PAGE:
Thursday, February 26, 2009


Growing up in a small town, I realized early on that it was easy to be marked as different and to be made to suffer for it. I was in grade school when I first heard of June (not his real name). He lived in my neighborhood and everybody knew him. Actually, people whispered about him behind his back. His popularity or infamy, depending on which side of the fence you were, was primarily because June was a very loud, flamboyant and effeminate 16 year-old.

The first time I bumped into June in the street, I think, was when I was seven years old. I was stepping out of the gate early morning on my way to school when he suddenly appeared from nowhere in his high school uniform. Our eyes locked, he looked directly into mine, smiled and said in our dialect "Pretty!"

I was terrified, speechless. I didn't know what to say. I think I ran to school that day.

At home, relatives were already making comments about how "soft" I was. Once during a big family reunion, an adult family member remarked about how I acted like a girl. He said that if nothing was done about it I'd probably end up like June. Everyone had a laugh but I never forgot that day because my very embarrassed mother later on grabbed my arm, pulled me aside, slapped my face and shook me telling me to stop bringing shame to the family by acting swishy.

Later that night I cried myself to sleep and wished for God to fix me. I never ever wanted to end up like June.


One summer afternoon, the whole neighborhood was roused from a lazy siesta. We heard shouting and screaming in the street below. From the second floor of our apartment, we all rushed downstairs. Before we, the children, could even step out of the door, my mother blocked our way telling us sternly to stay inside. From inside the house, I saw adults lining the sidewalk, watching helplessly June being beaten to a pulp by his own father in the middle of the street.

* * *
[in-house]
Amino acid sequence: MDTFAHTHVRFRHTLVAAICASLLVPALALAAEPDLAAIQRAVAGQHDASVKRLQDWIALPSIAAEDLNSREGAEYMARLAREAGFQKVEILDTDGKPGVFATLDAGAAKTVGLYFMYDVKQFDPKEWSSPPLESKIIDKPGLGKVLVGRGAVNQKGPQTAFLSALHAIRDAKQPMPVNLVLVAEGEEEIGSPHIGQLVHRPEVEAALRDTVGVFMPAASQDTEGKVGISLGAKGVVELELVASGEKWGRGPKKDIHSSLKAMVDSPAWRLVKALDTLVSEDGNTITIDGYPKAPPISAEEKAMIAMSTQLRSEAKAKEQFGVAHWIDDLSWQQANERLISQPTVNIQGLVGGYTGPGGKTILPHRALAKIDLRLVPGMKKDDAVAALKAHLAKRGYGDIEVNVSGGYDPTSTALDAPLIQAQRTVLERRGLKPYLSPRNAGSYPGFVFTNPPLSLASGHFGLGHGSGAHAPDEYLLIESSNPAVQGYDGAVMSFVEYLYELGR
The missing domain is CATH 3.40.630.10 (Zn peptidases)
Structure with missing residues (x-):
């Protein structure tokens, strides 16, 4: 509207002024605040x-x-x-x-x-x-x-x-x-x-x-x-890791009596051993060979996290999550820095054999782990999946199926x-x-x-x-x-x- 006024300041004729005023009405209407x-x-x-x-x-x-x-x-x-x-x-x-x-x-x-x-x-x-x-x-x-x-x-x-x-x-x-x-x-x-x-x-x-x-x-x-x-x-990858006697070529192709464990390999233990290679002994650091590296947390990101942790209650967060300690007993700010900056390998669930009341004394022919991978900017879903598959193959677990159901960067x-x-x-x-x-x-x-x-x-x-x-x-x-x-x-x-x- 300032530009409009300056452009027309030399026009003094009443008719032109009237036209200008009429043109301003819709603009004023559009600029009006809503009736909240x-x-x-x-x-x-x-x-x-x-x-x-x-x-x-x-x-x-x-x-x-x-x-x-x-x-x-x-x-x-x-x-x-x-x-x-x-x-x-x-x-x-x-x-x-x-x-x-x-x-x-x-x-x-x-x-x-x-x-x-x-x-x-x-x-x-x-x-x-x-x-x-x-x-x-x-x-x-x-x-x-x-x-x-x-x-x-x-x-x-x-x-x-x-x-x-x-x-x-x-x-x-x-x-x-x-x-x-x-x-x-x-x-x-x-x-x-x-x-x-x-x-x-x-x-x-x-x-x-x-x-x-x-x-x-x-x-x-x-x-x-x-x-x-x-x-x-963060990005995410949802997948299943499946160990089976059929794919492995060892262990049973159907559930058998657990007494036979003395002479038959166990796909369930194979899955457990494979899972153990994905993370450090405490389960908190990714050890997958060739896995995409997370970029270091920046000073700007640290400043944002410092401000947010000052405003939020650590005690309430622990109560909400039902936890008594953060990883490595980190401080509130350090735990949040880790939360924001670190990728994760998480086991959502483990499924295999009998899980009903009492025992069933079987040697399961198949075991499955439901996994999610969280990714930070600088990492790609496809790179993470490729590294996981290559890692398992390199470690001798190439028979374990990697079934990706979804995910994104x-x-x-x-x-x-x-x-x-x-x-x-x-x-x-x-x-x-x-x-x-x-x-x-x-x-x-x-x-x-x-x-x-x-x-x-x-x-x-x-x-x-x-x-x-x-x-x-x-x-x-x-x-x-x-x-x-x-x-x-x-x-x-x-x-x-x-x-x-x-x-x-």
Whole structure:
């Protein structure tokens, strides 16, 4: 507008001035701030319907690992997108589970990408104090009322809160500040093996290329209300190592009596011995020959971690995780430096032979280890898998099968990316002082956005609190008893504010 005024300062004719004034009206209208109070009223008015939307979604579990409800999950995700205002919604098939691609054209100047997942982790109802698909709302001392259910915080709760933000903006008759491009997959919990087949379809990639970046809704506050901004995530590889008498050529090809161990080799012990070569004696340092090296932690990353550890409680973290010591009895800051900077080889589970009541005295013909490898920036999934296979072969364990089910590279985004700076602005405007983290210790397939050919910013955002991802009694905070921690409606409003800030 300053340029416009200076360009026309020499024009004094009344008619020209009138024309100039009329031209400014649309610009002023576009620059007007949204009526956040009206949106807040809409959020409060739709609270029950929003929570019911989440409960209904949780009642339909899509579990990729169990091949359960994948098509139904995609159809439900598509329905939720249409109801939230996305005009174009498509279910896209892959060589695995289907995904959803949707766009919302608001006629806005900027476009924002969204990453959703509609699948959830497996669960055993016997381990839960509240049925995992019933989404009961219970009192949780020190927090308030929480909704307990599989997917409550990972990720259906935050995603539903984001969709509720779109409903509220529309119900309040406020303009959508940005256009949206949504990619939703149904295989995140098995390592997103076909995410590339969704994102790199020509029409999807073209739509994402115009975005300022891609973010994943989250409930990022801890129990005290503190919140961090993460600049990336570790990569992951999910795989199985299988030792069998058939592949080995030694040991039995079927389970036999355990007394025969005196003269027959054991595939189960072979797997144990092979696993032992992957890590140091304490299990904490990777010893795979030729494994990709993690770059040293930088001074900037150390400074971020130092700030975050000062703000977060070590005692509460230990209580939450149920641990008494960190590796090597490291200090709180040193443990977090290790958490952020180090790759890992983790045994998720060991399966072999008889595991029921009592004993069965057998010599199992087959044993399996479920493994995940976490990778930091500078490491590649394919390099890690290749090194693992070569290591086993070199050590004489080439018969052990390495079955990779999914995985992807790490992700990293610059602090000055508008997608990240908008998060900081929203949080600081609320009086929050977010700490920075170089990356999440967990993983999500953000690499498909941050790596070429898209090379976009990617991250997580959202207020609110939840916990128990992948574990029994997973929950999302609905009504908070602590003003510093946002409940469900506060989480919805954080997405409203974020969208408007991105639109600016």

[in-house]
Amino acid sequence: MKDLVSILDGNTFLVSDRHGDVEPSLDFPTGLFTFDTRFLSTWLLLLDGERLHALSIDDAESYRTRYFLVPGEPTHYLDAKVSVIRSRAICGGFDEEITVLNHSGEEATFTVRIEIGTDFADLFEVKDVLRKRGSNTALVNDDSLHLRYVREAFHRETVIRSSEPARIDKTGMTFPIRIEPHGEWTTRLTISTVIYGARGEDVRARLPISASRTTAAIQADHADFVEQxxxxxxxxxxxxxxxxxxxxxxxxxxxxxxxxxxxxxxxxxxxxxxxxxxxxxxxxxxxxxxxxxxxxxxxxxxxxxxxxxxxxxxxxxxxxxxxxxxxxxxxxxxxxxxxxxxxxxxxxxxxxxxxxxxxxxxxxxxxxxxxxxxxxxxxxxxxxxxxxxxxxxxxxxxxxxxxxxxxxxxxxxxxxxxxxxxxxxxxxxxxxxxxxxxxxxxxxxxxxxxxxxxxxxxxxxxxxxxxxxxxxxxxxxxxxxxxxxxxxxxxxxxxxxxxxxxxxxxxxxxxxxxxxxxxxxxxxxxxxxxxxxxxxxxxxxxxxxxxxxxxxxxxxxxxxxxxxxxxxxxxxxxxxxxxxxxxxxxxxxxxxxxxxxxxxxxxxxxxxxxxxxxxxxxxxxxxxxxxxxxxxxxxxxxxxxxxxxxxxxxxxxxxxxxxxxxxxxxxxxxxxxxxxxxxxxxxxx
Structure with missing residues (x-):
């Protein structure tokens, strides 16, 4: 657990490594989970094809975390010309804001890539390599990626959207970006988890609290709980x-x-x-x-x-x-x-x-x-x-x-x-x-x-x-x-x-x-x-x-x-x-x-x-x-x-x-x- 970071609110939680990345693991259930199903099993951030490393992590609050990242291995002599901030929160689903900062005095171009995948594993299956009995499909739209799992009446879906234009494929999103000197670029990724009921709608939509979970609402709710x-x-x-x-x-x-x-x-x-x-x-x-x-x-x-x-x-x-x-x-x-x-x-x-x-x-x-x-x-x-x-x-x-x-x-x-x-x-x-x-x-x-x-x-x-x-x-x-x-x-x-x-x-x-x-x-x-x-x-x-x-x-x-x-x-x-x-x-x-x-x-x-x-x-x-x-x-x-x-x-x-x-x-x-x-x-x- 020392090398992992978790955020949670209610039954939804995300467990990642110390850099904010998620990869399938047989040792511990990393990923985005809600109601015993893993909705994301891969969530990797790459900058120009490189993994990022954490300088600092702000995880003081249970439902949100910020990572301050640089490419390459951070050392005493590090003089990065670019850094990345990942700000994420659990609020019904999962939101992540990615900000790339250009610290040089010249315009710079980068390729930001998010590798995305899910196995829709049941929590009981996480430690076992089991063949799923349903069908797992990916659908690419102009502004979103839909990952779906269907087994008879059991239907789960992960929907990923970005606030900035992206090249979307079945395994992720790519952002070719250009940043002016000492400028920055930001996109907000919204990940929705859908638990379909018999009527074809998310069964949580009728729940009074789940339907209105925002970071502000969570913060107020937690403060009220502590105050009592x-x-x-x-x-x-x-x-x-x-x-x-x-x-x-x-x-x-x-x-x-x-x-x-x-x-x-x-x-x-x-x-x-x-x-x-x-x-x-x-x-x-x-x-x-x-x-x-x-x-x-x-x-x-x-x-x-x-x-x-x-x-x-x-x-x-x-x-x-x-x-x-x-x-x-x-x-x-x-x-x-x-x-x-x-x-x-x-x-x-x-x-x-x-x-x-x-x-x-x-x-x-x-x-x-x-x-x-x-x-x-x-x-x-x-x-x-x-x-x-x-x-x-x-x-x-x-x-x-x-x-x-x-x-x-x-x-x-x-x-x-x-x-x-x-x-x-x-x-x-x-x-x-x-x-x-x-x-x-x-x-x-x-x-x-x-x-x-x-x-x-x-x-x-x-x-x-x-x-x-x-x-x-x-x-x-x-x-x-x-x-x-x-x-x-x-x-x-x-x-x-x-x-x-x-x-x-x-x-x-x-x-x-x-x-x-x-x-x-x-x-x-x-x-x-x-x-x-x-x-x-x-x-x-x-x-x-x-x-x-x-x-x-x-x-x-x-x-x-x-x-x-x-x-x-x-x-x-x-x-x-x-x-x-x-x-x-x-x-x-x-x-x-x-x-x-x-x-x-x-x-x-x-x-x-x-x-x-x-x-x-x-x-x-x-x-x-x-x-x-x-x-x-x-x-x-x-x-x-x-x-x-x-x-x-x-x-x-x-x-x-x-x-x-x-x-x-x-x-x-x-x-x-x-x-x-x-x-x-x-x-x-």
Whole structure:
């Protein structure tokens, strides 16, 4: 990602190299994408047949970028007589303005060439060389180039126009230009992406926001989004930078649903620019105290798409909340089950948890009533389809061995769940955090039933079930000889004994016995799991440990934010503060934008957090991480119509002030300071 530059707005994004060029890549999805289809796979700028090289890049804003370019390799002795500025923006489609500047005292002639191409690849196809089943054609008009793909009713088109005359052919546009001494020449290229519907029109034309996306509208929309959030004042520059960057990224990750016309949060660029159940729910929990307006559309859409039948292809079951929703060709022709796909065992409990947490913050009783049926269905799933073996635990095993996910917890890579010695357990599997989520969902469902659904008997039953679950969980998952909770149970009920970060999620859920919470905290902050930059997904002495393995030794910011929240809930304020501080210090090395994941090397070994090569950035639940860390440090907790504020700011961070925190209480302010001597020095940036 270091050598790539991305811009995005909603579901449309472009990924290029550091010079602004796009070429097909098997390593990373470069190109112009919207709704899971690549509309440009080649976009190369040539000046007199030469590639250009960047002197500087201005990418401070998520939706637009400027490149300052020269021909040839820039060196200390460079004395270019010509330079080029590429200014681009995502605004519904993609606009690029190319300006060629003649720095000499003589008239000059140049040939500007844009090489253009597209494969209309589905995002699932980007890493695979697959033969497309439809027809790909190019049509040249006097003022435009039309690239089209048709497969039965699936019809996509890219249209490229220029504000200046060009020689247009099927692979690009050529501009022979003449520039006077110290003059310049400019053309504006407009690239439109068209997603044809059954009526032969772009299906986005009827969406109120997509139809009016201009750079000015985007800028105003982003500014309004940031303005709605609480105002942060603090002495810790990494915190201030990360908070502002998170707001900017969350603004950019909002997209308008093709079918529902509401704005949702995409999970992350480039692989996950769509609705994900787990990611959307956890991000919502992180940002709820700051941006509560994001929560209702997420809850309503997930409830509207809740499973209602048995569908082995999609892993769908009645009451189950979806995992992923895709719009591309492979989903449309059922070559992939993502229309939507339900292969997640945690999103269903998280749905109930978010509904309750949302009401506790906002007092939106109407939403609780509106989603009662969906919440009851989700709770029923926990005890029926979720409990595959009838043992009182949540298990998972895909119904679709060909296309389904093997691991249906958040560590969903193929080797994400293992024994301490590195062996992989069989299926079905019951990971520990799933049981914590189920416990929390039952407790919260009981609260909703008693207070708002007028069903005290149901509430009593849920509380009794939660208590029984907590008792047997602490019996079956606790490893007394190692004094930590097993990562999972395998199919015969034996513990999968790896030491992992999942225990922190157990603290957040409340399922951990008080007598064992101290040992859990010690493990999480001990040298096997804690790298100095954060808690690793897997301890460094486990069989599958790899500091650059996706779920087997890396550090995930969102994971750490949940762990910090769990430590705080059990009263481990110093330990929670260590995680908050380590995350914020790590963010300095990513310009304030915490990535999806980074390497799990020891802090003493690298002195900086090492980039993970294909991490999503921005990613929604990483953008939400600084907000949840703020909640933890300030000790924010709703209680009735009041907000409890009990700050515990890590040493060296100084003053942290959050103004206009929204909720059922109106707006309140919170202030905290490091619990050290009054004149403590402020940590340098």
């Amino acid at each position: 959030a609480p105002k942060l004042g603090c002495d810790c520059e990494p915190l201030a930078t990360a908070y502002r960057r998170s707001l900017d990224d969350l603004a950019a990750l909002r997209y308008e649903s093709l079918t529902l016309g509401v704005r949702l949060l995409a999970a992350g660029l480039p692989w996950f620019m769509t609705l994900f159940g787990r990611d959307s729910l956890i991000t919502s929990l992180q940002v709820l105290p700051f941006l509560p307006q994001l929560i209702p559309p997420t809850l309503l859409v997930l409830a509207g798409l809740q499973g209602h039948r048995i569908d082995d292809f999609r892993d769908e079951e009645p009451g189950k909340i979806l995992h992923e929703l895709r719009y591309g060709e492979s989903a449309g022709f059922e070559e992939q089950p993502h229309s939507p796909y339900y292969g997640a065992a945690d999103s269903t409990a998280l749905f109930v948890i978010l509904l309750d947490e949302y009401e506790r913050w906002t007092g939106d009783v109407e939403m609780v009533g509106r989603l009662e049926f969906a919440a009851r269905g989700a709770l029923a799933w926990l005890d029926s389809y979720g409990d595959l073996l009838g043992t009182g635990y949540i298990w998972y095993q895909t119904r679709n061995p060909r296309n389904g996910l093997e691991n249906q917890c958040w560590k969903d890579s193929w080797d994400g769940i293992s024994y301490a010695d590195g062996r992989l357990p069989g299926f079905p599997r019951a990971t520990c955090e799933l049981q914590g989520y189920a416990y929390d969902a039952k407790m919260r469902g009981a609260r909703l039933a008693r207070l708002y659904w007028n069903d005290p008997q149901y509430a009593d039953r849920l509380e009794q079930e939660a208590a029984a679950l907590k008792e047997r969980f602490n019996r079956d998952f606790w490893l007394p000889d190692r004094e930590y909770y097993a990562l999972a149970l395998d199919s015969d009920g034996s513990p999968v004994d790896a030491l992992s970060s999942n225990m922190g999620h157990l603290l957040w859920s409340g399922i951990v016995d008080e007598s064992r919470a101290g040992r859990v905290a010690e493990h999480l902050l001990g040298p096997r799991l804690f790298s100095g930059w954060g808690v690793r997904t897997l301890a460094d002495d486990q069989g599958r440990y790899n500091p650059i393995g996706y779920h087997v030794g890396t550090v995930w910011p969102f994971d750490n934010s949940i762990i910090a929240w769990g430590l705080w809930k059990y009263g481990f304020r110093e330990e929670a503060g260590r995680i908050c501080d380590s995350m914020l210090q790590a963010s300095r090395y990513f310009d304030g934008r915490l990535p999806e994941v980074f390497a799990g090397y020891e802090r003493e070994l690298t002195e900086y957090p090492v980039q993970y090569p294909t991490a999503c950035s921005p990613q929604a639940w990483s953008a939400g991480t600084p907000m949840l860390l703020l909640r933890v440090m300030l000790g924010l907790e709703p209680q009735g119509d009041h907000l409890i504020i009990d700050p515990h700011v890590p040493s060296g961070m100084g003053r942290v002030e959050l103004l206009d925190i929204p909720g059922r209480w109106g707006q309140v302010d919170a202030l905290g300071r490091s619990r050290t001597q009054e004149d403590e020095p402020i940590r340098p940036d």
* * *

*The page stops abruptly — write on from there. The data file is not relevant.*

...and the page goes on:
I didn't see this myself but would later on put two and two together after seeing June with his small bundle of clothes leaving the neihborhood, badly bruised wearing dark shades. June's family disowned him and asked him to leave even before graduating high school.

That summer afternoon, I sat in the living room terrified by the crying sounds June was making outside. He was begging his father to stop. He was asking the people watching to stop his father. Nobody moved and June's father kept hitting him and screaming about what an embarrassment to their family he was.


The next time I saw June, I was a little older. He had arched brows, longish hair and the same open, easy smile. I think I was in Grade 5 and learned that June just joined and won a beauty pageant, a Miss Gay. I was having a book photocopied at a Xerox place in front of a local university that June was attending.

Behind my back I heard loud banter. I looked. It was June and his college friends. They were joking with each other and laughing very louldy. People were staring at them. From across the street, June caught my eye. Instead of looking away, I smiled at him. He smiled back, waved and mouthed the word, "Pretty!" and winked. Then they left.



Monica Roberts said...

As I was reading this I was thinking about similar situations in my own childhood, college days similar to June's.

As I read the paragraph about the beating June took I thought about the 3 year old kids here in the States who's no longer here because his dad didn't want hi to be a 'sissy' and kept punching him to 'toughen' him up until he beat the kid to death.

PinayTG said...

This is why we must stop the lie that when one is a little gender non-conforming, one is less than a person. It's this kind of thinking that's used to justify the violence and abuse that many of us suffer in our lives.

PopMax said...

"Later that night I cried myself to sleep and wished for God to fix me. I never ever wanted to end up like June." --- i think almost everyone can relate to this. :) great post.